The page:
Conclusion

In sum, based on Supreme Court precedent, a COVID-19 immunization requirement for school-age children may withstand constitutional scrutiny, but will likely depend on the entity that imposes the mandate. If the State of North Carolina (or a municipality) imposes a mandate by legislative action, the mandate will likely survive constitutional muster based on the broad police power granted to states to ensure public health and safety, especially in emergency situations, like the COVID-19 pandemic. However, if the governors or President Biden choose to act by executive action, the mandate will likely face the same legal challenges encountered by the recent OSHA vaccination mandate for large private employers. Additionally, the FDA has granted full approval to Pfizer-BioNTech’s two-dose vaccine for individuals aged 16 and up, which raises a separate question of whether states and school districts will treat high schoolers age 16 and over differently than children 15 and under, who would be required to receive a vaccine granted emergency authorization status. While it remains undecided how the Supreme Court may evaluate a COVID-19 immunization mandate, discussions regarding public health necessity, familial and personal privacy, liberty interests, proportionality, and whether the mandate serves as a reasonable means of stopping the spread of COVID-19 will likely dominate the conversation.


[1] Tim Fitzsimons, California to Require Covid Vaccine for Schoolchildren, Newsom Announces, NBC News (Nov. 1, 2021), https://www.nbcnews.com/news/us-news/california-require-covid-vaccine-public-schoolchildren-newsom-announces-n1280602.

[2] BST Holdings, L.L.C. v. Occupational Safety & Health Admin., United States Dep’t of Lab., No. 21-60845, 2021 WL 5279381 (5th Cir. Nov. 12, 2021).

[3] The U.S. Court of Appeals for the Fifth Circuit, which is based in New Orleans, includes the following states: Mississippi, Louisiana, and Texas. The Fifth Circuit first halted the OSHA emergency rule on November 6, 2021.

[4] The Judicial Panel on Multidistrict Litigation expects to conduct a multi-circuit lottery on or around November 16, 2021 to determine which U.S. Court of Appeals will hear the challenges to the OSHA’s emergency rule, since challenges have been filed in nearly every circuit court. See 28 U.S.C. § 2112(a)(3). Under federal law, when multiple lawsuits “involving one or more common questions of fact are pending in different districts,” the petitions are consolidated and heard by one circuit court chosen at random. See 28 U.S.C. § 1407(a). Each court receives only one entry in the lottery, regardless of the number of petitions pending before each court.

[5] BST Holdings, L.L.C., 2021 WL 5279381, at *3-4.

[6] See James G. Hodge, Jr. & Lawrence O. Gostin, School Vaccination Requirements: Historical, Social, and Legal Perspectives, 90 Ky. L.J. 831, 833 (2002).

[7] Kate R. Woodworth et al., The Advisory Committee on Immunization Practices’ Interim Recommendation for Use of Pfizer-BioNTech COVID-19 Vaccine in Children Aged 5–11 Years — United States, November 2021, Centers for Disease Control and Prevention (Nov. 12, 2021), https://www.cdc.gov/mmwr/volumes/70/wr/mm7045e1.htm.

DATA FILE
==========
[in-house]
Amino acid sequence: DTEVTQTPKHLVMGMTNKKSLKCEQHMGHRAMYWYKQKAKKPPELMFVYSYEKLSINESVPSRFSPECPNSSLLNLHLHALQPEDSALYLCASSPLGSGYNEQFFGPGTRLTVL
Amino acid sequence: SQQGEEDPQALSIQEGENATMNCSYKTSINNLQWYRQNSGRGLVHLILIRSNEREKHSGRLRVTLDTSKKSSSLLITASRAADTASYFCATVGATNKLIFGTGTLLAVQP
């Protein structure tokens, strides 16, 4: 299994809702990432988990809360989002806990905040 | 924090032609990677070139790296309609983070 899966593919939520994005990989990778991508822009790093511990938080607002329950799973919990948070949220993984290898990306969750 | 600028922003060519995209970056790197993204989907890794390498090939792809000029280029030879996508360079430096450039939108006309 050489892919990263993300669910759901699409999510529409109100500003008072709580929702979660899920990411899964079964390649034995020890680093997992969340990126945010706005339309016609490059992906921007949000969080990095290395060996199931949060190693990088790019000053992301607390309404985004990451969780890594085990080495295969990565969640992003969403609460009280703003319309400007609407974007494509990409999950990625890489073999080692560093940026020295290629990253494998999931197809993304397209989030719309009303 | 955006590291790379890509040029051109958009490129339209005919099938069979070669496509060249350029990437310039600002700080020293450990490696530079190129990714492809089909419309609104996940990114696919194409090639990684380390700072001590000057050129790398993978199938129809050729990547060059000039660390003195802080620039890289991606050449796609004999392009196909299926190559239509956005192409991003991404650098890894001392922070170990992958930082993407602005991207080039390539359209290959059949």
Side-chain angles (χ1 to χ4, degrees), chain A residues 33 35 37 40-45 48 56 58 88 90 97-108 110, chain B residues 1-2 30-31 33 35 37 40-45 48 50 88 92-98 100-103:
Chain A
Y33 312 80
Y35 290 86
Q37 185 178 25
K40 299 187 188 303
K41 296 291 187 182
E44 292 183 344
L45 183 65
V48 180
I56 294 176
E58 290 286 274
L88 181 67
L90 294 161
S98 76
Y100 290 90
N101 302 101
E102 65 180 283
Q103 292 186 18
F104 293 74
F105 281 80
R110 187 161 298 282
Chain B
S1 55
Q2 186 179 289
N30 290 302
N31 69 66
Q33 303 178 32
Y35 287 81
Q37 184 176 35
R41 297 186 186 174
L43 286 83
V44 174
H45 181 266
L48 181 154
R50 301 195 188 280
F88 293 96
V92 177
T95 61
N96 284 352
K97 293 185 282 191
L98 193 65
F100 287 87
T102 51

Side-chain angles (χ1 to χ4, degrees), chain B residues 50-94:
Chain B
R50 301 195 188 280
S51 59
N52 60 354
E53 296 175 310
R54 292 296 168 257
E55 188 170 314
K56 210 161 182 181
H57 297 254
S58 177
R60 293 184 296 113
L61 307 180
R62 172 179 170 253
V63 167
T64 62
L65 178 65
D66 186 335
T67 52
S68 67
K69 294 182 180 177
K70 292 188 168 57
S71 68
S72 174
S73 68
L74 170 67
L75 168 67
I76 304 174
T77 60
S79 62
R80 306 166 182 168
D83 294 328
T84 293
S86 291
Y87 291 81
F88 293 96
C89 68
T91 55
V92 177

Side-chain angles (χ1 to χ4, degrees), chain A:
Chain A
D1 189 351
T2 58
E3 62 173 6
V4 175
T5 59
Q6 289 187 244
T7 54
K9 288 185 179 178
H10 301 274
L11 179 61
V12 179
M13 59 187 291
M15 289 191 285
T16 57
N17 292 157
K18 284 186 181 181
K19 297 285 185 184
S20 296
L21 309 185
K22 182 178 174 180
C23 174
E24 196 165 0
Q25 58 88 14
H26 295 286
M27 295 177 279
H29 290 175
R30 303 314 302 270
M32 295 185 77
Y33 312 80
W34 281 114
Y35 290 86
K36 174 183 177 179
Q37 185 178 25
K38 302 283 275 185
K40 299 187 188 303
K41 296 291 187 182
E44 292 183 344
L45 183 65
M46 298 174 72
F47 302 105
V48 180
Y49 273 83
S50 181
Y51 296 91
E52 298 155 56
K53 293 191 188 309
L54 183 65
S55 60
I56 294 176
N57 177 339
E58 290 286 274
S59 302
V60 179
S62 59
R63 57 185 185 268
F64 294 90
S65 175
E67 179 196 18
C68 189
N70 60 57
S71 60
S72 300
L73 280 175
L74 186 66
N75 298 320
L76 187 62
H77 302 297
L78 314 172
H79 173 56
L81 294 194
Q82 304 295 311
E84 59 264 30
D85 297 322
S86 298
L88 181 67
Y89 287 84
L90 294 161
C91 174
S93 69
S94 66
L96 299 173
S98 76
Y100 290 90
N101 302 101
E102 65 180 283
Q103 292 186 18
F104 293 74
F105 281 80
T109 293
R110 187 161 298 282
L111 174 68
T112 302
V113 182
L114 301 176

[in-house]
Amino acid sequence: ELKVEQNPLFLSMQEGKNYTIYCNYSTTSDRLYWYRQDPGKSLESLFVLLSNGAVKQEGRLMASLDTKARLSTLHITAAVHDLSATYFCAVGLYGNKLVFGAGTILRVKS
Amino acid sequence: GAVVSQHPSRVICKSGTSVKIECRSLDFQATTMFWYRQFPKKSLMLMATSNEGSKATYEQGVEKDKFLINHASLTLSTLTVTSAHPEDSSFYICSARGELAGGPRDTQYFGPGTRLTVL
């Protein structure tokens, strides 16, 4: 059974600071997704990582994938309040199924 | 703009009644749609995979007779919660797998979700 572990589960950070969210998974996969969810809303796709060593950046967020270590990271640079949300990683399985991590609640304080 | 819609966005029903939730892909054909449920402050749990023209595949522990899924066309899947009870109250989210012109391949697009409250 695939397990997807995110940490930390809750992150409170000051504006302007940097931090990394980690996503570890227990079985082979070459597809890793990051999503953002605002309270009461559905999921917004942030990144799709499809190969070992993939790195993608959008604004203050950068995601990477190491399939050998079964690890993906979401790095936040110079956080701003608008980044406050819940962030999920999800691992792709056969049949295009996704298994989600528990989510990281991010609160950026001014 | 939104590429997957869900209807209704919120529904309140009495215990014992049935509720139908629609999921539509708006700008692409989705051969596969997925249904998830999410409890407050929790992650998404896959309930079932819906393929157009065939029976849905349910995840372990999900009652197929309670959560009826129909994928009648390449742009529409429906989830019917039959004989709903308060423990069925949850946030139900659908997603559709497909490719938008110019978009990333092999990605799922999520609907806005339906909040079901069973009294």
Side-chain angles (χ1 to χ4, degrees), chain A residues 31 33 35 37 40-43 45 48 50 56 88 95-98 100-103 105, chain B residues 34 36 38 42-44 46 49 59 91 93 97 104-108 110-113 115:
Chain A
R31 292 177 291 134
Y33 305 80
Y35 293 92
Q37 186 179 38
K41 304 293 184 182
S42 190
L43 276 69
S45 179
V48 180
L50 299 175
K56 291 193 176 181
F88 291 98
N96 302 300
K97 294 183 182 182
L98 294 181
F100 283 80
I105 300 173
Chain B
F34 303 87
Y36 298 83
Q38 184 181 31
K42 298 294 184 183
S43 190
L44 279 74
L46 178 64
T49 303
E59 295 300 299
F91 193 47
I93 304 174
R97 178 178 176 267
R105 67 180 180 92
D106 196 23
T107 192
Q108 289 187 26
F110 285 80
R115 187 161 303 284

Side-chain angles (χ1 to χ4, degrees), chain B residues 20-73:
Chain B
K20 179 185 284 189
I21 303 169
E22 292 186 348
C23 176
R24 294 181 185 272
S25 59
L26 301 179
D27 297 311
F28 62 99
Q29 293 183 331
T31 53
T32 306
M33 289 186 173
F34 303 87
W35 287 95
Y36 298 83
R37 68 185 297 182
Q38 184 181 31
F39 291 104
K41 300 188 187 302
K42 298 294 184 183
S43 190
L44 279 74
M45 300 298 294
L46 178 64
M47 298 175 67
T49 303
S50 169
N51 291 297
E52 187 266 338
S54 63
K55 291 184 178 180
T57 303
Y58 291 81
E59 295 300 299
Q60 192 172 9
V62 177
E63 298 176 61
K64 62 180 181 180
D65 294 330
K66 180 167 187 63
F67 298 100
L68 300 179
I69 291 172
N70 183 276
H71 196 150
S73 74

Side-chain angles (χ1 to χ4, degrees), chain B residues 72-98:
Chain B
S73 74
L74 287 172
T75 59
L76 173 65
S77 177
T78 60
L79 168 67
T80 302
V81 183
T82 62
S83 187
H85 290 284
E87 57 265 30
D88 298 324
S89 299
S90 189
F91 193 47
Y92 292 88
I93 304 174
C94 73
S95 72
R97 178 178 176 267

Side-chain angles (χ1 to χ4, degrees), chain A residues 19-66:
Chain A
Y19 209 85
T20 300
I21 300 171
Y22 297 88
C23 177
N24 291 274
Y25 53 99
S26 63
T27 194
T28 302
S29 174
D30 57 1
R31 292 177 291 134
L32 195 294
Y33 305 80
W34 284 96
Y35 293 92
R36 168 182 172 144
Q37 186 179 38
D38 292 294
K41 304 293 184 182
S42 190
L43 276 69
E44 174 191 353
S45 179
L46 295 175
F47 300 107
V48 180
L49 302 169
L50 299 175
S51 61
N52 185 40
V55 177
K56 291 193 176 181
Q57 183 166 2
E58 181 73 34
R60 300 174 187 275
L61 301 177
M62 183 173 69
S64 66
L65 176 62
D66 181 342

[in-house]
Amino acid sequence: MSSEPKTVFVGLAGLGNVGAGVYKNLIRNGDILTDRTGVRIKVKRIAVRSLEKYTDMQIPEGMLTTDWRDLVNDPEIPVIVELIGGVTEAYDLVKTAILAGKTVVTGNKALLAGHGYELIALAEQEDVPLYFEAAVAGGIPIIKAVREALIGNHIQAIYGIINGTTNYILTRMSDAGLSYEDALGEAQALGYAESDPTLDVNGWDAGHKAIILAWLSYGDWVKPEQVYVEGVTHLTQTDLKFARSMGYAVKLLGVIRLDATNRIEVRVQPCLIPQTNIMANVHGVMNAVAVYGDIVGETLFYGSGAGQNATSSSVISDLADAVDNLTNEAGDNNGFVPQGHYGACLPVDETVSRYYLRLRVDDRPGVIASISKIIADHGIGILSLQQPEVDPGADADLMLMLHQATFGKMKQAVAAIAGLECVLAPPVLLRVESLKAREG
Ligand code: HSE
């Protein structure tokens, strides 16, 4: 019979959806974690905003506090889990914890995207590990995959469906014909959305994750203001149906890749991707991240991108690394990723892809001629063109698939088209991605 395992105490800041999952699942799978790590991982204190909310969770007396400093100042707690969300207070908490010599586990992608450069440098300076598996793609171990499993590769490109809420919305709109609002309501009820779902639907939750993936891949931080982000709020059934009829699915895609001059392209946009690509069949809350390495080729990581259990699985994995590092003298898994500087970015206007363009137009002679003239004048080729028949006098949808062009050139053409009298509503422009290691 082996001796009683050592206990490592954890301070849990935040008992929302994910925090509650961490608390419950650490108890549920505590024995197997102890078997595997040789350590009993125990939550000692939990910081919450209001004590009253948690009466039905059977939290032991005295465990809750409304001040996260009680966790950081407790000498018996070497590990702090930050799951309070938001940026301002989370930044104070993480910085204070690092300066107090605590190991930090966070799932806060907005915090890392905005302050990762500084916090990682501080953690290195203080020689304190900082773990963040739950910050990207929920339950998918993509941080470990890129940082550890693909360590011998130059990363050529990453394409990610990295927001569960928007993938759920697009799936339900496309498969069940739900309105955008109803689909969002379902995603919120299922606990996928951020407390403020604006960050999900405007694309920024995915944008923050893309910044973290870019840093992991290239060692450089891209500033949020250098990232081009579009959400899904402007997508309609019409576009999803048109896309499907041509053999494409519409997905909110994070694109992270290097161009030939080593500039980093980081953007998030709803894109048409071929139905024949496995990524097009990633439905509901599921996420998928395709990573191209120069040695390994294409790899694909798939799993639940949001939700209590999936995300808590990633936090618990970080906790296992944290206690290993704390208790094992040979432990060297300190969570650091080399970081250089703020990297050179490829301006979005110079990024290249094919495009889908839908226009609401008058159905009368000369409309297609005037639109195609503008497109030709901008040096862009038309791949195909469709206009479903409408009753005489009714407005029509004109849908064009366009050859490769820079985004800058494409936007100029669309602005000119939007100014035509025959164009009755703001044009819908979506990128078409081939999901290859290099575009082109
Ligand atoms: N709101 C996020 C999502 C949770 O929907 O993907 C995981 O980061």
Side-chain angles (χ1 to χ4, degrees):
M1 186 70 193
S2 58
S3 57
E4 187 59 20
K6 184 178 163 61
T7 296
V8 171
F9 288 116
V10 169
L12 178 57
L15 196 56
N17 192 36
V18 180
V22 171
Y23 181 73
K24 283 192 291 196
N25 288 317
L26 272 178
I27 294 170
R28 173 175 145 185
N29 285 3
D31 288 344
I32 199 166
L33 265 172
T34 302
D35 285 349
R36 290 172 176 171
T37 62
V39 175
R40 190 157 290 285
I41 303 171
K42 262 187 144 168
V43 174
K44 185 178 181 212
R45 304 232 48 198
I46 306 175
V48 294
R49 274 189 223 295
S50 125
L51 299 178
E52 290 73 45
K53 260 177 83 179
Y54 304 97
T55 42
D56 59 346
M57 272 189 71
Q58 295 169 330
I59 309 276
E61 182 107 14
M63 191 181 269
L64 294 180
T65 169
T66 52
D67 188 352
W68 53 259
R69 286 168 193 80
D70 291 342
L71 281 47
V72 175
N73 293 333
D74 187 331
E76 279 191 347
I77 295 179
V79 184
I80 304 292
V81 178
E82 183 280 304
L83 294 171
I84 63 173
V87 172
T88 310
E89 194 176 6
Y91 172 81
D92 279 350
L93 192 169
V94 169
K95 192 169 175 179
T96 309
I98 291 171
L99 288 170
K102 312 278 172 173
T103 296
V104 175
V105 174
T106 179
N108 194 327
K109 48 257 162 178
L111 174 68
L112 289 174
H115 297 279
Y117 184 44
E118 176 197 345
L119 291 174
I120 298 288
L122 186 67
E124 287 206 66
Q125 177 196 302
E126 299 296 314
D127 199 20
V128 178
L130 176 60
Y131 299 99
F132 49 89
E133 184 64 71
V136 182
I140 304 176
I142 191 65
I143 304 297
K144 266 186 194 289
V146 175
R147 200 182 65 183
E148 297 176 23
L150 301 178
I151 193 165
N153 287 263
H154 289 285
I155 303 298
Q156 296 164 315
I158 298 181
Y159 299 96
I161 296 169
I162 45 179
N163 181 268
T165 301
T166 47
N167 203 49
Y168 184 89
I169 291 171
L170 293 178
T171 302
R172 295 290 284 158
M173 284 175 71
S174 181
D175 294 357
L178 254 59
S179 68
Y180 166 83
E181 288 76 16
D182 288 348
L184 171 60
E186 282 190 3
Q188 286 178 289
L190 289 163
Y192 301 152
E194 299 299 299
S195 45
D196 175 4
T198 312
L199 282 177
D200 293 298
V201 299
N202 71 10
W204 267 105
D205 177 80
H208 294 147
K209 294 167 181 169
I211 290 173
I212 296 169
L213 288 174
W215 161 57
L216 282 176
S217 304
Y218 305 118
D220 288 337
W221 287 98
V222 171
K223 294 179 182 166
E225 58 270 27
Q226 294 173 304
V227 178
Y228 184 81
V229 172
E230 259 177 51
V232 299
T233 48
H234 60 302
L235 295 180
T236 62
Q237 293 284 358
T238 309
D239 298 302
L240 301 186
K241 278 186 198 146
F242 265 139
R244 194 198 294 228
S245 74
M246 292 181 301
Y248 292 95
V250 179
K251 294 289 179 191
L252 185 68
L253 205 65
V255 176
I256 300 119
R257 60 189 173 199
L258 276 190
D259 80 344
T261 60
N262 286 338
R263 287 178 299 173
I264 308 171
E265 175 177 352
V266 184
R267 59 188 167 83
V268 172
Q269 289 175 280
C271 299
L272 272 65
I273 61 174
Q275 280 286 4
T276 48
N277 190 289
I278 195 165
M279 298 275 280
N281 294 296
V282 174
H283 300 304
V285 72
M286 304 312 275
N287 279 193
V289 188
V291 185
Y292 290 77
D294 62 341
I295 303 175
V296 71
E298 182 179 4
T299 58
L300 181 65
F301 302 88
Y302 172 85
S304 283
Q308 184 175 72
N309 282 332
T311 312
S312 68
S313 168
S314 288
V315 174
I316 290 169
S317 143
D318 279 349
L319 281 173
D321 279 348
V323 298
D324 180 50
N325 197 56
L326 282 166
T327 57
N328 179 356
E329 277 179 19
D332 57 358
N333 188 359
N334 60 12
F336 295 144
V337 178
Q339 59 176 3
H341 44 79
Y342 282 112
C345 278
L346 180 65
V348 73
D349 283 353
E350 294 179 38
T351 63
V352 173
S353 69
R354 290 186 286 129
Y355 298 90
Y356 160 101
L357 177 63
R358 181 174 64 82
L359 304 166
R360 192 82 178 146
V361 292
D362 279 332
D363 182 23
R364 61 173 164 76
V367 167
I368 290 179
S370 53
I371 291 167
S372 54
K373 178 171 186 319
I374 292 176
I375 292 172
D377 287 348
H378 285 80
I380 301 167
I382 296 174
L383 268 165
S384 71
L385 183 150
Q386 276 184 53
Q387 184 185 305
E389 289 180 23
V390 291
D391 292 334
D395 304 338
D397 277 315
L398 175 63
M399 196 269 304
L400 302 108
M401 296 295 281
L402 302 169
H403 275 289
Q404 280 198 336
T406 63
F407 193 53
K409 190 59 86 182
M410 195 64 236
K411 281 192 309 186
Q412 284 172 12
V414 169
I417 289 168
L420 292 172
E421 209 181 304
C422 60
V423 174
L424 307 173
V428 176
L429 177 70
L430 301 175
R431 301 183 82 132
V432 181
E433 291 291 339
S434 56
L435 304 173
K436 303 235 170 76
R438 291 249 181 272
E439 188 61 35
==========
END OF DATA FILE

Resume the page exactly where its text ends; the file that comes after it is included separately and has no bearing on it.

[8] N.C. Gen. Stat. § 130A-155(a).

[9] N.C. Gen. Stat. Ann. § 130A-152(a).

[10] “Police powers” refers to the authority the Constitution reserves to the states and includes “reasonable regulations established directly by legislative enactment as will protect the public health and the public safety[.]” 197 U.S. at 25.

[11] On May 10, 2021, the FDA expanded its Emergency Use Authorization for the Pfizer/BioNTech COVID-19 vaccine to include children aged 12-15. On October 29, 2021, the FDA granted Emergency Use Authorization for the Pfizer-BioNTech COVID-19 vaccine for children aged 5–11 years. On August 23, 2021, the FDA granted full approval to Pfizer-BioNTech’s two-dose vaccine for individuals ages 16 and up.

[12] N.C. Gen. Stat. § 130A-157.

[13] N.C. Gen. Stat. § 130A-156.

[14] Section 2.1 of House Bill 558 proposes to amend Article 6 of Chapter 130A to include a philosophical exemption as follows – “The moral, philosophical, or other personal beliefs of many citizens are contrary to the immunization requirements contained in this Chapter. All citizens have a right to expect that their personal privacy rights, particularly in the area of personal health, will be protected by this State. Therefore, the matter of whether a person chooses for oneself, for one’s children, or for anyone for whom that person stands in loco parentis, to receive a vaccine or not to receive it, shall remain a private matter, not to be violated. Because the requirement of a written statement of the moral, philosophical, or personal beliefs and opposition to the immunization requirements would violate those privacy rights, no such statement shall be required of anyone, nor shall the question of whether such an affected person has received an immunization be asked of anyone as a condition of attending any college, university, public or private school (Pre-K through 12), or child-care facility.”

[15] House Bill 558 did not survive the crossover deadline – the date in which a bill not related to taxes or spending must have passed either the House or Senate chamber to be eligible for consideration during the 2021-2022 legislative session. Therefore, House Bill 558 will lie dormant during the remainder of the two-year legislative session but may be revived in the next legislative session.

About the Author

Sydney C. Plummer

Sydney is an associate at Young Moore and focuses her practice on civil litigation, insurance law, and insurance regulatory matters.

She earned her law degree with high honors from the University of North Carolina School of Law and holds a Bachelor of Arts in Political Science and History with a minor in Education from the University of North Carolina at Chapel Hill. Read more